Discussion in 'Beyond the Basics' started by cypilk, May 29, 2004.
i should keep film in the refrigerator to keep it under 75 degrees ?... wouldn't it get too cold?
I keep mine in the freezer. Not sure the temp, but I know it gets frozen pretty good, and I've had no trouble.
Usually the film box ot canister might have a temperature direction on it.
See now you've always told me to keep my film in the freezer, and it's not that I don't trust you or anything photong, but I'm wondering the same think as cypilk. I've recently read that low temperatures can hurt the film, making it brittle. I'm left a little bit confused.
I defrost it for a few hrs at least.
Either way, I haven't had a problem.
I've also kept film in the freezer. Just make sure you give it enough time to warm up before using.
Fridgerated film may be a myth. It is my understanding that if you bought it out of the cooler, then keep it in the cooler. I think it is more about the emulsion#. Meaning that if there is color shift it is generally due subtle details of the dye process.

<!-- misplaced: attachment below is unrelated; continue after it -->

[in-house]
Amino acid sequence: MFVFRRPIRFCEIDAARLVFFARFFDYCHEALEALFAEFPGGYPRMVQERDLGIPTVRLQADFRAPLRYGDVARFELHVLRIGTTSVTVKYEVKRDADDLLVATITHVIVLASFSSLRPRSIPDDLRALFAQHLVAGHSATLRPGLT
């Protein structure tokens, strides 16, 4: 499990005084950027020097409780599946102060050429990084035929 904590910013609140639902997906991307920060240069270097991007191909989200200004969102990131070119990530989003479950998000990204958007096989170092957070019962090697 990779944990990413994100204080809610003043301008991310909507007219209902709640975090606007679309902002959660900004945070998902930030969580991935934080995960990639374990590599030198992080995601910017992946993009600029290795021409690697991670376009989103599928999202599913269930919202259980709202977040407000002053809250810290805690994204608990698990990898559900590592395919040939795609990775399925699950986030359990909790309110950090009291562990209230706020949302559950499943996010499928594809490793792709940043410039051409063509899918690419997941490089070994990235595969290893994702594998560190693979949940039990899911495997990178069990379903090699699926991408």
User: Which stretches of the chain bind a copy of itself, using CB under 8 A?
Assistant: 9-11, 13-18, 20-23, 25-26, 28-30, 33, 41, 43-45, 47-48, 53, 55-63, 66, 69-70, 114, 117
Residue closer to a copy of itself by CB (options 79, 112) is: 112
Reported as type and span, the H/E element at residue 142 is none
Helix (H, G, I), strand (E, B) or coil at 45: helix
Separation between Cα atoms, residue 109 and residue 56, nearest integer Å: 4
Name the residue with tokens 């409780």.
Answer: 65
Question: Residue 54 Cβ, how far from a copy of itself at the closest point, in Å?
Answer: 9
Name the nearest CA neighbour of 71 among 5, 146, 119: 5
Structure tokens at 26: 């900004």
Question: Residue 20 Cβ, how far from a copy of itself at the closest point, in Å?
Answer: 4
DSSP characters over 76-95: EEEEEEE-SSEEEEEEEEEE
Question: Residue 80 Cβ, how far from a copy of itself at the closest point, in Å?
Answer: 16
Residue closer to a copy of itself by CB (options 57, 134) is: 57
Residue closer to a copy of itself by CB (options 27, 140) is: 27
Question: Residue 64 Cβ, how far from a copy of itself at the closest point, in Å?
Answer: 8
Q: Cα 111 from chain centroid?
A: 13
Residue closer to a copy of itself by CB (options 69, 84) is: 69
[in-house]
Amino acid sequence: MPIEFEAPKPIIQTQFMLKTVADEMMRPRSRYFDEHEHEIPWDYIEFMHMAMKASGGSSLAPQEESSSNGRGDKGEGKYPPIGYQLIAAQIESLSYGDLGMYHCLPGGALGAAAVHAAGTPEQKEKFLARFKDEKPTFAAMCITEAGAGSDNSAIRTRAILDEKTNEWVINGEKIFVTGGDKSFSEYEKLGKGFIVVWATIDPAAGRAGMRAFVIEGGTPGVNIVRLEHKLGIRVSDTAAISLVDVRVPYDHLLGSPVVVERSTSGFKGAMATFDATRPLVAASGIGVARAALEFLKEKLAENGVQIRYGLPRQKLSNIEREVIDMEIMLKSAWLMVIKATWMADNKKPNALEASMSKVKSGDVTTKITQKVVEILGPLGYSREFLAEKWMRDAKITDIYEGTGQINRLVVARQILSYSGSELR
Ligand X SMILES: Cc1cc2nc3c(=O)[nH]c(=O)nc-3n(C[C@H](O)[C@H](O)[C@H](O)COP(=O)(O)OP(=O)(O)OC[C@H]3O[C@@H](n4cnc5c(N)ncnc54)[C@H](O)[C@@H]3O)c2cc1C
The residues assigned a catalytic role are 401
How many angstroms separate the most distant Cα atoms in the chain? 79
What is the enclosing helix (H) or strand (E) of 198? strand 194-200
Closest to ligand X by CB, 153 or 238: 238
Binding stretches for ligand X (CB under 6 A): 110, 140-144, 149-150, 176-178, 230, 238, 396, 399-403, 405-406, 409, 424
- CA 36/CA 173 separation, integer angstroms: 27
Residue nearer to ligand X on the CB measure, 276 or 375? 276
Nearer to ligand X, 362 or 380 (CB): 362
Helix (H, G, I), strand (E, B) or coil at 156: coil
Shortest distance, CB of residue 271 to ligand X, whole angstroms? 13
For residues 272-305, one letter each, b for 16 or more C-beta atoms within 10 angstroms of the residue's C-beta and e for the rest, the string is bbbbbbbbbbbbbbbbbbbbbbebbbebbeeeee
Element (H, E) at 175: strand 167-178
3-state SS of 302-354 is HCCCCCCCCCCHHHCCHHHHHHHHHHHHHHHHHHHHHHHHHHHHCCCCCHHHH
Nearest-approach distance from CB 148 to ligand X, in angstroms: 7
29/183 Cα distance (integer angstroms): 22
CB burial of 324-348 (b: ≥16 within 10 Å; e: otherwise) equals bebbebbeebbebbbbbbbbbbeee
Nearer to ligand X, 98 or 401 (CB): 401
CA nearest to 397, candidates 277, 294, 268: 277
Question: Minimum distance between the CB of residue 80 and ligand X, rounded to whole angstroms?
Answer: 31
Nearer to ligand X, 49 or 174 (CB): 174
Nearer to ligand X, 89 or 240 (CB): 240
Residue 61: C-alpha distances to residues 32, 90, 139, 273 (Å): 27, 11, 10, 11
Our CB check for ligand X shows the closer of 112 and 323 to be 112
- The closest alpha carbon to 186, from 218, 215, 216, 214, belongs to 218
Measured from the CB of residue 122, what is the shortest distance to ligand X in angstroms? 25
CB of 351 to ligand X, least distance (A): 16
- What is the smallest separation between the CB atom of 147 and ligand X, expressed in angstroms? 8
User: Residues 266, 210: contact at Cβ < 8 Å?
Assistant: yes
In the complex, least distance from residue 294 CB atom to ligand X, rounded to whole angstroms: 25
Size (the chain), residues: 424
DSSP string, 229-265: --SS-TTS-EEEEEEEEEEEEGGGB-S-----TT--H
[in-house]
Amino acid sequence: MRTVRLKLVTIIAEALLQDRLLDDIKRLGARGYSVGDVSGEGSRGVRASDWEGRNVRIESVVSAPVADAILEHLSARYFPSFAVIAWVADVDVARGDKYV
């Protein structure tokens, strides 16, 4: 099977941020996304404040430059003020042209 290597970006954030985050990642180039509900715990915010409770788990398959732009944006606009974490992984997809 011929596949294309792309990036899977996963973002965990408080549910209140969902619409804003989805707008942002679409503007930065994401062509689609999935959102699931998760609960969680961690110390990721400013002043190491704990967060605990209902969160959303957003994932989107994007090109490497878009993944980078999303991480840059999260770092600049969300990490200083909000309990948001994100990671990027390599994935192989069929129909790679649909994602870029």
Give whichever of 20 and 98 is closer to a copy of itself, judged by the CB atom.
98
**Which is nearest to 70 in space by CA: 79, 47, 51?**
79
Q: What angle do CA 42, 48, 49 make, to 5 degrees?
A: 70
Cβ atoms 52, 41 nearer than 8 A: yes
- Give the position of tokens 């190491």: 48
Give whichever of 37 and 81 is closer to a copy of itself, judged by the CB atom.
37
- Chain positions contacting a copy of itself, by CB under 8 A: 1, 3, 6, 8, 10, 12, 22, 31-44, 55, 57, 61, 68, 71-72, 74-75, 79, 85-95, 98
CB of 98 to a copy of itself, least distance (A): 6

Commercially, buying film in bulk (with the same emulsion#) is economical. If you are spending that kind of money make sure you buy it from the cooler. Especially if it is E-6.
Generally Modern films do not seem to be fragile.
Refridgerate to slow the aging of film. Freeze it to stop the aging. As long as the film is good (not aged or heat or x-ray damaged) you can put it in the refridgerator or freezer at any time. Give it 1/2 an hour to an hours to reach room temperature before shooting. This isn't a myth. It's something that reputable companies and photographers have been doing for years.
It doesn't completely stop the aging. Gamma radiation and such will expose film, unless your freezer is lined with lead. Very-high-speed film will still fog over time, but slow film will take ages.
True. Most photographers aren't going to keep film 10 or 20 years out of date though. I would call freezing or refrigerating your film a safe bet and a much better idea than leaving it at room temperature or under worse conditions.
after you take the shots... you don't need to keep the film cool correct?
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